Releases | Work starts on-site at clean coal project - MITSUI & CO., LTD.


Work starts on-site at clean coal project

Nov. 14, 2008

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Work has started at a Queensland coal-fired power station to ready it for a world-first demonstration of innovative 'bolt-on' technology for slashing emissions.

The $206 million Callide Oxyfuel Project involves retrofitting CS Energy's Callide A Power Station near Biloela to enable carbon dioxide to be captured for geological storage.

Federal Resources and Energy Minister Martin Ferguson and Queensland Mines and Energy Minister Geoff Wilson today marked the milestone and launched the new project website

The project will see the retrofitting of a coal-fired boiler at Callide A with oxyfuel technology so it can burn coal in a mixture of oxygen and re-circulated flue gases. This will create a highly concentrated stream of carbon dioxide (CO2) suitable for capture and storage deep underground in geological formations west of the power station.

Speaking on behalf of the joint venture, Project Director Chris Spero said it would be the first in the world to retrofit an existing power station with this technology.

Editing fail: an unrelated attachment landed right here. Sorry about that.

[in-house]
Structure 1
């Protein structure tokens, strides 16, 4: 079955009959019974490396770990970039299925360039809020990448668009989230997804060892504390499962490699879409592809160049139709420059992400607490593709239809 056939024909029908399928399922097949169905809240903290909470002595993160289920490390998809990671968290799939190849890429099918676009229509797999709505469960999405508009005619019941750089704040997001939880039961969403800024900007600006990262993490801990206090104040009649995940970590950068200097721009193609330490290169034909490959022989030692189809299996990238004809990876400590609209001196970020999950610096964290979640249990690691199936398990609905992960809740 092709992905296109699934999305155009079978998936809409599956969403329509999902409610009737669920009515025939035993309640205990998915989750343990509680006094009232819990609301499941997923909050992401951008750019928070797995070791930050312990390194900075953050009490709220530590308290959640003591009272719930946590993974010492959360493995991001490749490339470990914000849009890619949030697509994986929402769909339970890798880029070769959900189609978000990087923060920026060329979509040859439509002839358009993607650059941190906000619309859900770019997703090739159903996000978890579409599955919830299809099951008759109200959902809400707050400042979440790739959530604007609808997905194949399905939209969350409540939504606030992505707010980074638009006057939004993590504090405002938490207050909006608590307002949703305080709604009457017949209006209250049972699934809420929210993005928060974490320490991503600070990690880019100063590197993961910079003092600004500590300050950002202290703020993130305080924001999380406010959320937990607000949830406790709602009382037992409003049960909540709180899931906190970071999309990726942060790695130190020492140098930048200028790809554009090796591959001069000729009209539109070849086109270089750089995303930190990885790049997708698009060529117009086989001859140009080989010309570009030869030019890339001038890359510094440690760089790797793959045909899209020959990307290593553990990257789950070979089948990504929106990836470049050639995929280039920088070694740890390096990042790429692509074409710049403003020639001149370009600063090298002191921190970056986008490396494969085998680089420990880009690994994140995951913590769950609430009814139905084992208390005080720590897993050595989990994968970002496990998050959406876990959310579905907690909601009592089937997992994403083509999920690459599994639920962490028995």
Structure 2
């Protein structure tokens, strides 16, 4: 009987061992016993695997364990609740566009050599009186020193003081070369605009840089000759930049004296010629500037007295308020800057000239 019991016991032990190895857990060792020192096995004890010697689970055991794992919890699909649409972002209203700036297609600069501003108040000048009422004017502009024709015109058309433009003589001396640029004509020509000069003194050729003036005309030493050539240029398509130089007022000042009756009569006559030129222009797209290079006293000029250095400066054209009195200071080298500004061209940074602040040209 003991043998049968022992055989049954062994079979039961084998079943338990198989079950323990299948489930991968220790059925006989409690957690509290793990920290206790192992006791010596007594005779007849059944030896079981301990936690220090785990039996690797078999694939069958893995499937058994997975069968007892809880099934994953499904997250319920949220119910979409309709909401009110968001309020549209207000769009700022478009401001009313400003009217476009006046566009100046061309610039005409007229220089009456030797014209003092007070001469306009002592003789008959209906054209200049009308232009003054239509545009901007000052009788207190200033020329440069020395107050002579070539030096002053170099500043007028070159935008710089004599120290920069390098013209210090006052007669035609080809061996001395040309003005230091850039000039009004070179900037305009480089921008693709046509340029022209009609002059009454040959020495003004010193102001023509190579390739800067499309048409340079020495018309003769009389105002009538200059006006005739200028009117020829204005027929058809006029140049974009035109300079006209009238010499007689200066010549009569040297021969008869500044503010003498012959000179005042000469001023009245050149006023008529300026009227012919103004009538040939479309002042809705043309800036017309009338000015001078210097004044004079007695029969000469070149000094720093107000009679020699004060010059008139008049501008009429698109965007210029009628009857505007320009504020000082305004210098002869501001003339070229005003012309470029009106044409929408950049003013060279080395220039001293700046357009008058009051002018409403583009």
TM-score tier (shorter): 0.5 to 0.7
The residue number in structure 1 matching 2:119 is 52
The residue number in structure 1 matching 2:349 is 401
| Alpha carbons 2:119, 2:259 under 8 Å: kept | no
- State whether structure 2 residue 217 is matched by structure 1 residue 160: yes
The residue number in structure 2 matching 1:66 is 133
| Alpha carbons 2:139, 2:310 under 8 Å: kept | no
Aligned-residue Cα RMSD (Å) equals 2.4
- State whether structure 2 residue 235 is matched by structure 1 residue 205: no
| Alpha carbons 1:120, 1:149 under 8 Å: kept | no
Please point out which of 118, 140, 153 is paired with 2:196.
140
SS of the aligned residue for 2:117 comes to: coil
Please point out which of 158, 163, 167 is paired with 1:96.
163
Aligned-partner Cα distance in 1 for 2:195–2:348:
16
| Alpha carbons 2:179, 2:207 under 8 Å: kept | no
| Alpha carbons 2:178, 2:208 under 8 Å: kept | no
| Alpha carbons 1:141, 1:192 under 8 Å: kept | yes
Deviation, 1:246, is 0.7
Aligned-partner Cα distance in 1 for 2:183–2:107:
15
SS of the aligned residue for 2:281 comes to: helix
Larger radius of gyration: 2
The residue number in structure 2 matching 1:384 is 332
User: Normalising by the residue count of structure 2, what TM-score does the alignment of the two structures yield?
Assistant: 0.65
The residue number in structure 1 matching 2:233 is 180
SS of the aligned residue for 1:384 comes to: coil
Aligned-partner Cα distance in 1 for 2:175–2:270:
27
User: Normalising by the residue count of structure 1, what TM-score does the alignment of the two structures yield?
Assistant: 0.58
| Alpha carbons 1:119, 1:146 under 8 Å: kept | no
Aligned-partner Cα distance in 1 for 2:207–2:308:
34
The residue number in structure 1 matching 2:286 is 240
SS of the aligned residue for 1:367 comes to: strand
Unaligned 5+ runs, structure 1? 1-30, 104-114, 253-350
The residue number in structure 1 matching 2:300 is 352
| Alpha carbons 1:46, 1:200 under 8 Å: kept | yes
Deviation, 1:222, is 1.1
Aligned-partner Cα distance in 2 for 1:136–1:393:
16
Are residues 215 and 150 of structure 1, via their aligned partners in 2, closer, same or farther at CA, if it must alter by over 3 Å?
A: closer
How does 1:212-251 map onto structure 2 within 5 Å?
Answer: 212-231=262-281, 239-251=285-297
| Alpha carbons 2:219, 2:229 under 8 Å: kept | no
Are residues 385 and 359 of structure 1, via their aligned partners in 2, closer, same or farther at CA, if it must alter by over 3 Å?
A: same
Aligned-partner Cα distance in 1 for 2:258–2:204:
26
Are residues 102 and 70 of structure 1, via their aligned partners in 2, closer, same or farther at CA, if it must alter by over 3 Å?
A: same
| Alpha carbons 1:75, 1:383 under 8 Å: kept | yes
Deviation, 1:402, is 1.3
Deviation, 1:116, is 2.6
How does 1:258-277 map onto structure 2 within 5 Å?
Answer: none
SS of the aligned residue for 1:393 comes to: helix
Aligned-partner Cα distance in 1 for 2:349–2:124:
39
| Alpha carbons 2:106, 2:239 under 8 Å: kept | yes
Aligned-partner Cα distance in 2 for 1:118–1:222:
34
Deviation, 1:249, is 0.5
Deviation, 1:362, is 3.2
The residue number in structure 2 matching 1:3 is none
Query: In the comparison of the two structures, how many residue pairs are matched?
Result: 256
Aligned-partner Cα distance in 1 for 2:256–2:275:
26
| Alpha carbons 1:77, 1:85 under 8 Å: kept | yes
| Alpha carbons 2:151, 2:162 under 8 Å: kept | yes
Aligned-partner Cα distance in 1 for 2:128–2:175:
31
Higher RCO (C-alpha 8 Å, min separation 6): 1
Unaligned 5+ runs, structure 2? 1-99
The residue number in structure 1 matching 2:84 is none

"The Callide Oxyfuel Project represents a new way to make an existing coal-fired power station produce cleaner electricity," Dr Spero said.

"Our demonstration will prove oxyfuel's suitability for application to existing and new coal-fired power stations.

"Success here at Callide A will mean that coal-fired power stations around the world do not have to be dismantled to reduce global warming."

The Callide Oxyfuel Project is a joint venture between the Australian Coal Association, CS Energy, Xstrata Coal, Schlumberger, and Japanese participants, JPower, Mitsui & Co. and IHI Corporation. The project has also received financial support from the Federal and Queensland governments.

The oxyfuel combustion process, first conceived in Japan in 1974, has been tested in small-scale projects in Japan, the USA the UK and Europe. There are other oxyfuel demonstration projects elsewhere in the world, but the Callide Oxyfuel Project is the first to 'bolt-on' the CO2 capture technology to an existing power station and at a larger scale.

Callide Oxyfuel Project Fast Facts

Location Callide A Power Station, outside Biloela in central Queensland
Size 1 x 30MW unit
Cost $206 million
Emissions reduction Approximately 90 per cent of Callide A's CO2 emissions
Timeframe Plant refurbishment - underway
Construction of clean coal sections of plant - 2010
Demonstration phase - 2011 for five years

For more information on the project, visit

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